Skip to main content

A string of incidents over the past year at the headquarters of a Muslim charity in Surrey, B.C., are not being investigated as hate crimes by the local RCMP detachment, even as a national Muslim organization says nearby businesses and organizations are not being similarly targeted by vandals and thieves.

Nusaiba Al-Azem, a lawyer for the National Council of Canadian Muslims, accused the RCMP of indifference, saying the force is refusing to determine that bias against Muslims could have been a factor in five attempted break-ins, an attempted arson and several acts of vandalism at the charity’s building.

The Globe and Mail is not naming the charity because the group fears being targeted for further harassment. The national council spoke on its behalf.

The charity has signage with the word “Muslim” and a stylized minaret logo. Ms. Al-Azem added that buildings with no Muslim affiliation in the neighbourhood, which is known as Whalley, have not had these types of problems.

“In the Muslim community, they feel overpoliced and underprotected,” she said. Her organization runs its own hate crime hotline and helps victims across the country report incidents to their local police at least once a week.

Surrey RCMP confirmed they had opened two cases related to attempted break-ins at the charity’s headquarters, and one related to theft – all in February and March. But investigators found little evidence, no suspects and no “obvious signs of hate crimes” such as racist remarks or graffiti, the Mounties said in an e-mailed statement.

The force confirmed that none of the case files mention hate or bias as possible motives. “That said, we hear the concerns raised by the organization and understand their frustration with these property crimes,” the statement said.

The latest incident police appear to be investigating, Ms. Al-Azem said, is a theft that happened on March 7, when two masked men were recorded just before dawn stealing the charity’s outdoor security camera for the second time in the past year.

Ms. Al-Azem said it is disturbing that the Mounties don’t have files open for two incidents reported by the charity last year, in June and November.

“We were told that they weren’t flagged for hate crime, and it likely could be related to being in a high-crime neighbourhood,” Ms. Al-Azem said. “Obviously, it does not instill much confidence that safety or security is prioritized for the community.”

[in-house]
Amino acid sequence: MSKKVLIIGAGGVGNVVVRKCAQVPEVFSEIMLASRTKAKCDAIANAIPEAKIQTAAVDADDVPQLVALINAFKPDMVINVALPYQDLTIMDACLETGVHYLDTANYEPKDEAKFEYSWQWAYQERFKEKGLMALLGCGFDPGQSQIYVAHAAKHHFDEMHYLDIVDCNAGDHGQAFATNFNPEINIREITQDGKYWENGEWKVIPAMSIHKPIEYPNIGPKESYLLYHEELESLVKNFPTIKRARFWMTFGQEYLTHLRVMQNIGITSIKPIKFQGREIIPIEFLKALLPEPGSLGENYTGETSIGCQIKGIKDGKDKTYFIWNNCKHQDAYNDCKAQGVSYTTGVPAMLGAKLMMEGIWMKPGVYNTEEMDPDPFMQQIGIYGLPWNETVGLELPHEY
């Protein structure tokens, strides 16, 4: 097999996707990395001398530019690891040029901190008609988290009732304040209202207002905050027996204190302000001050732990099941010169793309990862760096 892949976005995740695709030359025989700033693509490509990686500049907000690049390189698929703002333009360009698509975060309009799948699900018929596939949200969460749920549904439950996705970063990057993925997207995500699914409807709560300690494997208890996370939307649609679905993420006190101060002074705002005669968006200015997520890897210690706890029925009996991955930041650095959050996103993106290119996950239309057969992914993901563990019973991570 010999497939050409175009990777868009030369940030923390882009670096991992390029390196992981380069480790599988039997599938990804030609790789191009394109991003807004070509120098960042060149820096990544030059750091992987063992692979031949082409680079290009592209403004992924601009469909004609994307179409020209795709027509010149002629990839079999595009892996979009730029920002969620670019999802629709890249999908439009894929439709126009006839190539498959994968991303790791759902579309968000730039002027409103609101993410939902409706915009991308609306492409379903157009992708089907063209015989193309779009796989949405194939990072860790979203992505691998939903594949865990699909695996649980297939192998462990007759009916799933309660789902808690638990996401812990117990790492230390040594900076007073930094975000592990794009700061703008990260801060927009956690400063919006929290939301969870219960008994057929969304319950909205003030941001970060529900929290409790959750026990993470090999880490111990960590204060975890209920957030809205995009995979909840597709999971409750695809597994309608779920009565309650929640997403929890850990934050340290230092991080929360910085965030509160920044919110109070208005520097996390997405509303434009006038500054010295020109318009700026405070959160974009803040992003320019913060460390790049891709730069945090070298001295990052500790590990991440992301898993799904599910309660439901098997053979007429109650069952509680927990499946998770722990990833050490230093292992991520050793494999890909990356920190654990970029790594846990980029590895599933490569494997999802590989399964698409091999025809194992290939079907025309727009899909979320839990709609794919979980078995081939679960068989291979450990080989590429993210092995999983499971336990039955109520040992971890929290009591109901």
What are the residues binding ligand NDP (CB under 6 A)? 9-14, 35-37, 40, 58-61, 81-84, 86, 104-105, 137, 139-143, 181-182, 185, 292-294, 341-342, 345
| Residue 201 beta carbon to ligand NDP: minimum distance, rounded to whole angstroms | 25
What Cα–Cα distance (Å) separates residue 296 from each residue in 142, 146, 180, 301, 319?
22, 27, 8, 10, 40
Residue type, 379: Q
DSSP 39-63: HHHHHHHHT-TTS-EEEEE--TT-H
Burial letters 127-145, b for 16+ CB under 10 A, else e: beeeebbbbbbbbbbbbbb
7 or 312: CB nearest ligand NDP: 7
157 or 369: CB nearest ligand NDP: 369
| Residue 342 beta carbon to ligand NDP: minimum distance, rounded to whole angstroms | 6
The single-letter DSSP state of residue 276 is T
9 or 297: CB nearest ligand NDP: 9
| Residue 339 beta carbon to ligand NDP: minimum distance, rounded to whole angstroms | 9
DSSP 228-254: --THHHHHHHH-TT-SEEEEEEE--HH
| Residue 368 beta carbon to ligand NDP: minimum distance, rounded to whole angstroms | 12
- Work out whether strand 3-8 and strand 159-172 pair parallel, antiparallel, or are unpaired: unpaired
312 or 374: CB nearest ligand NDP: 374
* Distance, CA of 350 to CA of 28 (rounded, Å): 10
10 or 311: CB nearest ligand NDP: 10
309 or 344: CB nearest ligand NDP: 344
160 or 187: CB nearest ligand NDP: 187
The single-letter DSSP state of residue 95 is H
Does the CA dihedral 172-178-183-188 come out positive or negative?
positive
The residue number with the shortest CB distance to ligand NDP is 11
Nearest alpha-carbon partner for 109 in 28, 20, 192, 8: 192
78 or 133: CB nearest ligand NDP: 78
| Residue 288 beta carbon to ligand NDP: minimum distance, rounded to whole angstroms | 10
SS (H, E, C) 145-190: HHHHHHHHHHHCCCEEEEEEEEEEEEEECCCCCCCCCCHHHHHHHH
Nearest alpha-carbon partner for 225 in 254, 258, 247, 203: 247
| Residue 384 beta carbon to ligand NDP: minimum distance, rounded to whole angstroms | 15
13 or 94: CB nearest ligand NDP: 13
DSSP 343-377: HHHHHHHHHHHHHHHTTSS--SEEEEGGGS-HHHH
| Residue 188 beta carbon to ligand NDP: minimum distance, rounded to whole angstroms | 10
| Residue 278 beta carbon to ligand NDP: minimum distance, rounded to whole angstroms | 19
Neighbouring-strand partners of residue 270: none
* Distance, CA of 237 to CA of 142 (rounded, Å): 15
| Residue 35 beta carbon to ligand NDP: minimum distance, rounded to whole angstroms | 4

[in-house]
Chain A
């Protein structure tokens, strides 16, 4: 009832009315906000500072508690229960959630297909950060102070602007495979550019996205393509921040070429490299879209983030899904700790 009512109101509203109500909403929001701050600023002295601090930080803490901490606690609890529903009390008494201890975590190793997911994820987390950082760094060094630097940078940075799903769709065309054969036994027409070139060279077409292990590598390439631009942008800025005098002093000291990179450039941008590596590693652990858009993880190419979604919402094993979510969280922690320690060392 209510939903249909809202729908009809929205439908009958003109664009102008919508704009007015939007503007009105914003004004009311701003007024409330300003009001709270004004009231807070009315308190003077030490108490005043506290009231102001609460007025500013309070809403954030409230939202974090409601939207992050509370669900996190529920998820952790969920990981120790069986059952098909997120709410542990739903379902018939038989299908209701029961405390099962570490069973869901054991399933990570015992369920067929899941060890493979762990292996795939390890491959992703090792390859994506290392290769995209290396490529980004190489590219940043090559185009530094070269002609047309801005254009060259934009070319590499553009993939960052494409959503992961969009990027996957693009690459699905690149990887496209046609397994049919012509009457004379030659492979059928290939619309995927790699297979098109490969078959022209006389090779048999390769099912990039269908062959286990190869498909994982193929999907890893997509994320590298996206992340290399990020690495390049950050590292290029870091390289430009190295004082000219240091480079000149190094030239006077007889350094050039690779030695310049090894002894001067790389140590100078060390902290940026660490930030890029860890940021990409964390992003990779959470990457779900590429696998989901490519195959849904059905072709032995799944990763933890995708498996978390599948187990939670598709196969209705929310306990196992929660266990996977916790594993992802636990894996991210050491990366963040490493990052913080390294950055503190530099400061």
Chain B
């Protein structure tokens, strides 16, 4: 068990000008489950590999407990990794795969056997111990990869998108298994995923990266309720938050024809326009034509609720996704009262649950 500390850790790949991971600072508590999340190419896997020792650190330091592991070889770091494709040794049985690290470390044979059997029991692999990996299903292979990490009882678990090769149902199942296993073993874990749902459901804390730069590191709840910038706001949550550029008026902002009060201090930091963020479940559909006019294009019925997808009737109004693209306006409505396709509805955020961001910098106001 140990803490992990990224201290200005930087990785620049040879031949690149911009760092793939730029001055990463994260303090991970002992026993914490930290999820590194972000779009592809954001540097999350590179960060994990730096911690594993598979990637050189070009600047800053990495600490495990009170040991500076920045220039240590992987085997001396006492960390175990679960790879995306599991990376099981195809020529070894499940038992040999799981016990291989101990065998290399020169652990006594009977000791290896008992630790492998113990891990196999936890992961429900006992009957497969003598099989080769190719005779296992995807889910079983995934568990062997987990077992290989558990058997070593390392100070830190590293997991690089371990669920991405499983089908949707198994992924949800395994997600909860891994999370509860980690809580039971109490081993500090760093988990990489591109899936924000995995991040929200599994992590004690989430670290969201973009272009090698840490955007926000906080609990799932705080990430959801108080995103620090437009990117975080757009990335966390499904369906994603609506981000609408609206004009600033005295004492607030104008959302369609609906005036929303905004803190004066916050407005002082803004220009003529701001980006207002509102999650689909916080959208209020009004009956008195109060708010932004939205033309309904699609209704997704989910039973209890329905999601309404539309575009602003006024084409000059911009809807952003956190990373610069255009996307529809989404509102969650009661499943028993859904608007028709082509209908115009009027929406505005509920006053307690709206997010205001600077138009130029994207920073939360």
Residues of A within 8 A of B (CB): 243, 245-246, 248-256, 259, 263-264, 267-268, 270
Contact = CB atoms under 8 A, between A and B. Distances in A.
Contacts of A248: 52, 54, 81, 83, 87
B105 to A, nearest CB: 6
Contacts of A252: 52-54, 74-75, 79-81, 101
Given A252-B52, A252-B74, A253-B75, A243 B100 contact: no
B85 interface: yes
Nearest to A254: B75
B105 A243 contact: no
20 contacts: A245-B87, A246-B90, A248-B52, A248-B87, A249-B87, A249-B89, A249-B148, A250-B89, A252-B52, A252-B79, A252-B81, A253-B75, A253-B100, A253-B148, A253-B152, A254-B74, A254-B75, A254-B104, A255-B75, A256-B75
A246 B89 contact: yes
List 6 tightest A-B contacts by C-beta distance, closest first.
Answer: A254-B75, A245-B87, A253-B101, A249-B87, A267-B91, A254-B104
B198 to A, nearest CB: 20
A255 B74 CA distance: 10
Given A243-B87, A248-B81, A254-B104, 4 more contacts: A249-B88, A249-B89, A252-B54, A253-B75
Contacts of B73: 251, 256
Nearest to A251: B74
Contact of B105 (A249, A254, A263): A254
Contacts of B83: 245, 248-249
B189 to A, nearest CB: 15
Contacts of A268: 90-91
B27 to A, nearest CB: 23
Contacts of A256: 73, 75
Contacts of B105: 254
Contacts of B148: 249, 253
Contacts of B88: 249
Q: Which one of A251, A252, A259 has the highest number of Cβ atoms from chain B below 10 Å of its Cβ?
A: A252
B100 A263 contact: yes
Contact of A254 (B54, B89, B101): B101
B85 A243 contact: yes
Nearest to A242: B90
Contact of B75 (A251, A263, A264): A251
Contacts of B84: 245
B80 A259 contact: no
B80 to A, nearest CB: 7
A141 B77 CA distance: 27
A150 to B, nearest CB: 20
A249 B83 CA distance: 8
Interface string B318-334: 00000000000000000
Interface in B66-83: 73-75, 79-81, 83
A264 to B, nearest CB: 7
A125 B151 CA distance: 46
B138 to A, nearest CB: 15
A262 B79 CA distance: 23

The Surrey RCMP said its Diversity and Indigenous Peoples Unit will be reaching out to the charity and reviewing the cases to “ensure we have not missed anything, and ensure they are being supported.”

Asked about stepping up patrols near the group’s headquarters, the force said it already has a large presence in the area.

A Globe and Mail analysis of the performance of Canada’s 13 largest municipal and regional police forces over eight years found the average rates at which individual forces solved hate crimes by charging perpetrators varied from a low of 6 per cent to a high of 28 per cent.

In most hate-related cases – upward of 90 per cent in some cities – the offender is first charged with a core offence, such as assault or vandalizing property, rather than one of the four hate crimes defined in the Criminal Code. The offender’s motivation for committing the core crime is supposed to be factored in at sentencing, when a judge can hand down a stiffer penalty if the court finds hate was a factor. But this rarely happens, according to a 2020 Department of Justice study, as well as current and former investigators.

In its initial investigation, The Globe did not publish data from provincial police services, such as the Sûreté du Québec and the Ontario Provincial Police, because each of them serves dozens of communities spread across vast swaths of territory. This makes them difficult to compare with their local counterparts, which serve smaller, more densely populated areas.

In B.C., dozens of RCMP detachments are contracted to patrol cities and towns. The data show the RCMP in those communities laid charges in just 8 per cent of hate crime cases from 2013 to 2020.

The RCMP’s only hate crimes unit in the country usually consists of two officers based at its regional headquarters in Surrey. In a statement, the Surrey detachment said if a front-line Mountie flags a case in Surrey as being potentially motivated by hate, the officer in charge of the detachment personally reviews the file.

In the last four months of 2021, Surrey RCMP investigated five hate-related cases, the statement said.

Corporal Anthony Statham, who helmed the provincial hate crimes unit for five years before moving on to another position with the force a week ago, said the unit does daily, weekly and monthly audits of all RCMP cases in which hate could be a factor, to ensure they are being identified and tracked by Mounties properly.

He noted that the criminal justice system only recently began viewing non-religious buildings as being captured by the Code’s hate crimes provisions against mischief to certain religious, administrative or cultural properties used by identifiable groups.

Cpl. Statham could not say when he would be replaced as leader of the provincial hate crimes unit. Despite an upward trend in the number of hate crime cases reported by police, the unit’s staffing level has remained the same since its inception in 1996, when it was formed in response to a rise in neo-Nazi attacks on Canada’s West Coast.

Surrey is in the midst of replacing the local RCMP detachment with a municipal police force. It is unknown whether the new department will create a stand-alone hate crimes unit or train specialists to investigate such crimes.

We have a weekly Western Canada newsletter written by our B.C. and Alberta bureau chiefs, providing a comprehensive package of the news you need to know about the region and its place in the issues facing Canada. Sign up today.